touch up paint and cold weather

janie_gaJanuary 5, 2011

Hello, I am usually on the Kitchen Table forum but need car help.

My car was banged up this week- a fellow college student backed into it in the parking lot. There are a few spots where the paint chipped off. The spots are about the same size that results from road gravel hitting the car. I am in WV and we have LOTS of road gravel because of all the snow and stuff- I have a couple of those spots that need attention, too.

I need to touch up the spots before the weather warms up because of all the chemicals/salt they put on the roads. I do not want it rusting before warm weather (probably May if last year is any indication!).

I do not have a heated garage (heck, we do not even have a driveway) nor do I know anyone that has one. The 10-day forecast does not have above freezing temps. The touch-up paint I have recommends not using it below 70 degrees. Any suggestions- would a hair dryer work to help set the paint? And maybe a heating pad on the metal to warm it up before applying the paint?

There is a minimum of a 2 month wait for the body shop to fix the dents so I need to get something on it even while I am waiting on the repairs- we should start getting snow again SOON.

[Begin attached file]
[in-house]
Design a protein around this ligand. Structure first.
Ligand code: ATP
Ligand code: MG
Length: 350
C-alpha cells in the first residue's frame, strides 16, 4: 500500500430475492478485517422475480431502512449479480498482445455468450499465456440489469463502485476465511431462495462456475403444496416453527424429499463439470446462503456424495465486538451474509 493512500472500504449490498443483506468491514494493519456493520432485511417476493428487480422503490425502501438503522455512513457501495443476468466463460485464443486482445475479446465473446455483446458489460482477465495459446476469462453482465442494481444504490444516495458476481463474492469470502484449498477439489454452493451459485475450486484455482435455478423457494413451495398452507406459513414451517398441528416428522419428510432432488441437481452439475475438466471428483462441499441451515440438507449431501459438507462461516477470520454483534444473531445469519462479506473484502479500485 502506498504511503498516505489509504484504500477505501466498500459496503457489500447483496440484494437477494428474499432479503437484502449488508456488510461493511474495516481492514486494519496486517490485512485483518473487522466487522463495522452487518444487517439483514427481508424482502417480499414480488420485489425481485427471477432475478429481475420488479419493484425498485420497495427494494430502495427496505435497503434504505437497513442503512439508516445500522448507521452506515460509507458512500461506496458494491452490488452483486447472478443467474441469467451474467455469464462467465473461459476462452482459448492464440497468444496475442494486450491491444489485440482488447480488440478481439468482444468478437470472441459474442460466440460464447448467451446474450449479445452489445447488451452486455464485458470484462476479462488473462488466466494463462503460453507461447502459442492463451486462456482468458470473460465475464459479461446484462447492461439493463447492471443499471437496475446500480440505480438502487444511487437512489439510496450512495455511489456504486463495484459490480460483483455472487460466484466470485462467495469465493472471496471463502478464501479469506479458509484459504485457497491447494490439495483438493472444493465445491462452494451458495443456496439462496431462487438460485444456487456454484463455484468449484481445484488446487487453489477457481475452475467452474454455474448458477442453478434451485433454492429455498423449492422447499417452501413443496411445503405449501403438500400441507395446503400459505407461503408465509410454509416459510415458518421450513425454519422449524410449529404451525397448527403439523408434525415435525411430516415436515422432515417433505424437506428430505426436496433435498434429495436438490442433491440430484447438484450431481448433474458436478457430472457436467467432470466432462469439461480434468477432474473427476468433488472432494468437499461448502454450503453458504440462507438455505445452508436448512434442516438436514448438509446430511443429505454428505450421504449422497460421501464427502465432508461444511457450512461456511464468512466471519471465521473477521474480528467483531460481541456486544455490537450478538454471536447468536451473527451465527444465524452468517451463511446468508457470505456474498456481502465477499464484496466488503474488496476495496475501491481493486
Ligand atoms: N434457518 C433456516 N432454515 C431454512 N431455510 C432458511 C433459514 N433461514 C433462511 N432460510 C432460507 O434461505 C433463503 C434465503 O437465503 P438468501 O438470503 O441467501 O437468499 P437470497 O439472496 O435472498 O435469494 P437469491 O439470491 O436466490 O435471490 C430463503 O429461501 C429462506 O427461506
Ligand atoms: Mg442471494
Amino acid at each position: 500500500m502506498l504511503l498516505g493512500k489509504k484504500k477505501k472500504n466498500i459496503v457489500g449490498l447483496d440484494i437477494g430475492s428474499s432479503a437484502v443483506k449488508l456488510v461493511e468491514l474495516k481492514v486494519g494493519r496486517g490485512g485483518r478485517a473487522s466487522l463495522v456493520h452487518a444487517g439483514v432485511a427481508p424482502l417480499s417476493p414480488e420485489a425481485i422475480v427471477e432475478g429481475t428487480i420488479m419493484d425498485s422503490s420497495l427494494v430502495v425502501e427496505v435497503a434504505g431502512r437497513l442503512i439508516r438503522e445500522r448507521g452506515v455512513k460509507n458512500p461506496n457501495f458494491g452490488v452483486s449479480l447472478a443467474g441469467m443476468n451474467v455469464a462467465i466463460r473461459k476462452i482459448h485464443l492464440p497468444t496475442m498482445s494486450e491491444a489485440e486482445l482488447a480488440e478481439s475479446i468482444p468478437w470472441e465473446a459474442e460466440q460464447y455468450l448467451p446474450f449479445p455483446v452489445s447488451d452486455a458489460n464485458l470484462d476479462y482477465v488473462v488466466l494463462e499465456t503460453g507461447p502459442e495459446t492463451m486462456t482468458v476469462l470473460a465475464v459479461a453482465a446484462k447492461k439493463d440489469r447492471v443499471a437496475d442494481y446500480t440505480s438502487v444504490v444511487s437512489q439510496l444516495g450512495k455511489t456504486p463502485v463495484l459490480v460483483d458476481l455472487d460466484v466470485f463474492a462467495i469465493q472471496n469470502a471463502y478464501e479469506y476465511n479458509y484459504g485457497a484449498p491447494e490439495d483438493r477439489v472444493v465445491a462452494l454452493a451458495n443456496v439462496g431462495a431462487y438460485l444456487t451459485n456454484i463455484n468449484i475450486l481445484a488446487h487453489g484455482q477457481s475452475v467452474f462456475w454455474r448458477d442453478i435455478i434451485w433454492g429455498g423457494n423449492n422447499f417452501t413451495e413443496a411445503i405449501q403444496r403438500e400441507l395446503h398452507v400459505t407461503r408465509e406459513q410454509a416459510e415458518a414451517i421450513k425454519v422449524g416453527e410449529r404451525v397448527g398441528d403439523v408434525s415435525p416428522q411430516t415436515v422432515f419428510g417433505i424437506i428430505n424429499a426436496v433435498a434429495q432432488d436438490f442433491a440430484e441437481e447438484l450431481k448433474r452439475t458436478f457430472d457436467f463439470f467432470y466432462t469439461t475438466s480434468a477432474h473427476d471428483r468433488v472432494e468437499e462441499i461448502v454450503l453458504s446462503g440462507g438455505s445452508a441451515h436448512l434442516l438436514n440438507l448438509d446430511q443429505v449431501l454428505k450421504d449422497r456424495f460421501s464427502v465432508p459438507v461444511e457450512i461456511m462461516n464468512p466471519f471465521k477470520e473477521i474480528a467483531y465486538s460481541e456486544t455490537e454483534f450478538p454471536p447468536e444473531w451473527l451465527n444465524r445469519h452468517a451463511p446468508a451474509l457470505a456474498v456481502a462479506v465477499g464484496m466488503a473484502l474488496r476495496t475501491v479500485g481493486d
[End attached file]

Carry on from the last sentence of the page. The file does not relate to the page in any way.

Thanks for any suggestions!

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Applying heat is a good idea, except in the cold weather, a heating pad or a hair dryer does not have enough power to warm the metal enough. A heatng pad will not work for the simple reason that it has to be removed to apply the paint and then it can't be re-applied over the fresh paint. The metal will cool rapidly and will need a source of heat until the paint solvent has evaporated.

If you are close enough to an electrical socket, a powerful radiant heater might work. Adjust the distance of the heater from the spot of interest to maintain a temperture above 60 F, but not too hot to cook the finish.

Caution: Most electric heaters for use in the home are not rated for outdoor use (shock hazard). Use only heaters that have adequate grounding and insulation, and protect from splash.

    Bookmark   January 8, 2011 at 6:14PM
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Your hair dryer idea is a good one. Just the warm air blowing over what you touch up ought to do the trick.

Also, FWIW, don't worry about rust due to this. You could touch it up now or later and it won't matter much. When you see vehicles with bubbling paint or holes rusted through due to salt, it happened from the inside out where you wouldn't think about cleaning or touching up, not from a scratch or ding on the surface. Good news is that manufacturers have gotten pretty good at treating metal so this isn't the problem it was in vehicles of say the 70's and before. jmo

    Bookmark   January 15, 2011 at 11:03PM
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